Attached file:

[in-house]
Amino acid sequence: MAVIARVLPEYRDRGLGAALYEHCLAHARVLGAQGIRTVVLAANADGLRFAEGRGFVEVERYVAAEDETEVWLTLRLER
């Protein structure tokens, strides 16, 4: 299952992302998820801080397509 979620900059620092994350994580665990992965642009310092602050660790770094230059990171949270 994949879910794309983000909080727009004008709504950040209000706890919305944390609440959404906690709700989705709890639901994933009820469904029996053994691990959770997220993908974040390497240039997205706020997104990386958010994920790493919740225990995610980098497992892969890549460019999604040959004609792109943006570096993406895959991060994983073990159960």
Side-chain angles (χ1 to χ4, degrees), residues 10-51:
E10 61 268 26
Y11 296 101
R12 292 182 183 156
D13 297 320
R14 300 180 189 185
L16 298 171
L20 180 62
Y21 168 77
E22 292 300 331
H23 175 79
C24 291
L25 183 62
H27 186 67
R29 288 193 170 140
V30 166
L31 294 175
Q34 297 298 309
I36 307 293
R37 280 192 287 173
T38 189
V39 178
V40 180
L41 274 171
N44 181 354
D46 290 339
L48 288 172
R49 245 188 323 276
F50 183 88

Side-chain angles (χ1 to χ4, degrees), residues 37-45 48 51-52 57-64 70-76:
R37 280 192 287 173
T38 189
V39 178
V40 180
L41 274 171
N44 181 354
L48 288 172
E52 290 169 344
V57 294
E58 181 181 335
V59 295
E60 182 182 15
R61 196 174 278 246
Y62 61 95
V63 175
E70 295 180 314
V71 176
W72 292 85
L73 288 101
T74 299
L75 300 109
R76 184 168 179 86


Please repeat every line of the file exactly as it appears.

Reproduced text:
[in-house]
Amino acid sequence: MAVIARVLPEYRDRGLGAALYEHCLAHARVLGAQGIRTVVLAANADGLRFAEGRGFVEVERYVAAEDETEVWLTLRLER
């Protein structure tokens, strides 16, 4: 299952992302998820801080397509 979620900059620092994350994580665990992965642009310092602050660790770094230059990171949270 994949879910794309983000909080727009004008709504950040209000706890919305944390609440959404906690709700989705709890639901994933009820469904029996053994691990959770997220993908974040390497240039997205706020997104990386958010994920790493919740225990995610980098497992892969890549460019999604040959004609792109943006570096993406895959991060994983073990159960």
Side-chain angles (χ1 to χ4, degrees), residues 10-51:
E10 61 268 26
Y11 296 101
R12 292 182 183 156
D13 297 320
R14 300 180 189 185
L16 298 171
L20 180 62
Y21 168 77
E22 292 300 331
H23 175 79
C24 291
L25 183 62
H27 186 67
R29 288 193 170 140
V30 166
L31 294 175
Q34 297 298 309
I36 307 293
R37 280 192 287 173
T38 189
V39 178
V40 180
L41 274 171
N44 181 354
D46 290 339
L48 288 172
R49 245 188 323 276
F50 183 88

Side-chain angles (χ1 to χ4, degrees), residues 37-45 48 51-52 57-64 70-76:
R37 280 192 287 173
T38 189
V39 178
V40 180
L41 274 171
N44 181 354
L48 288 172
E52 290 169 344
V57 294
E58 181 181 335
V59 295
E60 182 182 15
R61 196 174 278 246
Y62 61 95
V63 175
E70 295 180 314
V71 176
W72 292 85
L73 288 101
T74 299
L75 300 109
R76 184 168 179 86